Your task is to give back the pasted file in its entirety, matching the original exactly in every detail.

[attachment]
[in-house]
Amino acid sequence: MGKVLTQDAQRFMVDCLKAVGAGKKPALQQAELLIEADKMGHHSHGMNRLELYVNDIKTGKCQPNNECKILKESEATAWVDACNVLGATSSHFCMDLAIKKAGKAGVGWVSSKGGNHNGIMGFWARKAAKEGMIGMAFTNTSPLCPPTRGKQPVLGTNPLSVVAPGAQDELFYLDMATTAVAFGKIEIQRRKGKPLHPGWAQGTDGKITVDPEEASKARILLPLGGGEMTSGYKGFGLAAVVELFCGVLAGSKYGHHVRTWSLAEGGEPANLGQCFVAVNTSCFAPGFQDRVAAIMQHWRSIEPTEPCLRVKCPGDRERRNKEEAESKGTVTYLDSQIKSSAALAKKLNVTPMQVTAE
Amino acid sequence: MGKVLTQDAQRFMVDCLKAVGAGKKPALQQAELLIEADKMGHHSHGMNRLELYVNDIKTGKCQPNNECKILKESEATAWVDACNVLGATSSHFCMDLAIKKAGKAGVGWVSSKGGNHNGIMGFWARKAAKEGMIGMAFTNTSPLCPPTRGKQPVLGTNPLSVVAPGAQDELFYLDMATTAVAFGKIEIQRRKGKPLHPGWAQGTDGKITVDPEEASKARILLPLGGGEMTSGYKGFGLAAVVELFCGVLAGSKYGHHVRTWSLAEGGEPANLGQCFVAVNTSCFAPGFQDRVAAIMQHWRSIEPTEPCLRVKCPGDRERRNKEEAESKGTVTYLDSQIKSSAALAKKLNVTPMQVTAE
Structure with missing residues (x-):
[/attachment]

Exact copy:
[in-house]
Amino acid sequence: MGKVLTQDAQRFMVDCLKAVGAGKKPALQQAELLIEADKMGHHSHGMNRLELYVNDIKTGKCQPNNECKILKESEATAWVDACNVLGATSSHFCMDLAIKKAGKAGVGWVSSKGGNHNGIMGFWARKAAKEGMIGMAFTNTSPLCPPTRGKQPVLGTNPLSVVAPGAQDELFYLDMATTAVAFGKIEIQRRKGKPLHPGWAQGTDGKITVDPEEASKARILLPLGGGEMTSGYKGFGLAAVVELFCGVLAGSKYGHHVRTWSLAEGGEPANLGQCFVAVNTSCFAPGFQDRVAAIMQHWRSIEPTEPCLRVKCPGDRERRNKEEAESKGTVTYLDSQIKSSAALAKKLNVTPMQVTAE
Amino acid sequence: MGKVLTQDAQRFMVDCLKAVGAGKKPALQQAELLIEADKMGHHSHGMNRLELYVNDIKTGKCQPNNECKILKESEATAWVDACNVLGATSSHFCMDLAIKKAGKAGVGWVSSKGGNHNGIMGFWARKAAKEGMIGMAFTNTSPLCPPTRGKQPVLGTNPLSVVAPGAQDELFYLDMATTAVAFGKIEIQRRKGKPLHPGWAQGTDGKITVDPEEASKARILLPLGGGEMTSGYKGFGLAAVVELFCGVLAGSKYGHHVRTWSLAEGGEPANLGQCFVAVNTSCFAPGFQDRVAAIMQHWRSIEPTEPCLRVKCPGDRERRNKEEAESKGTVTYLDSQIKSSAALAKKLNVTPMQVTAE
Structure with missing residues (x-):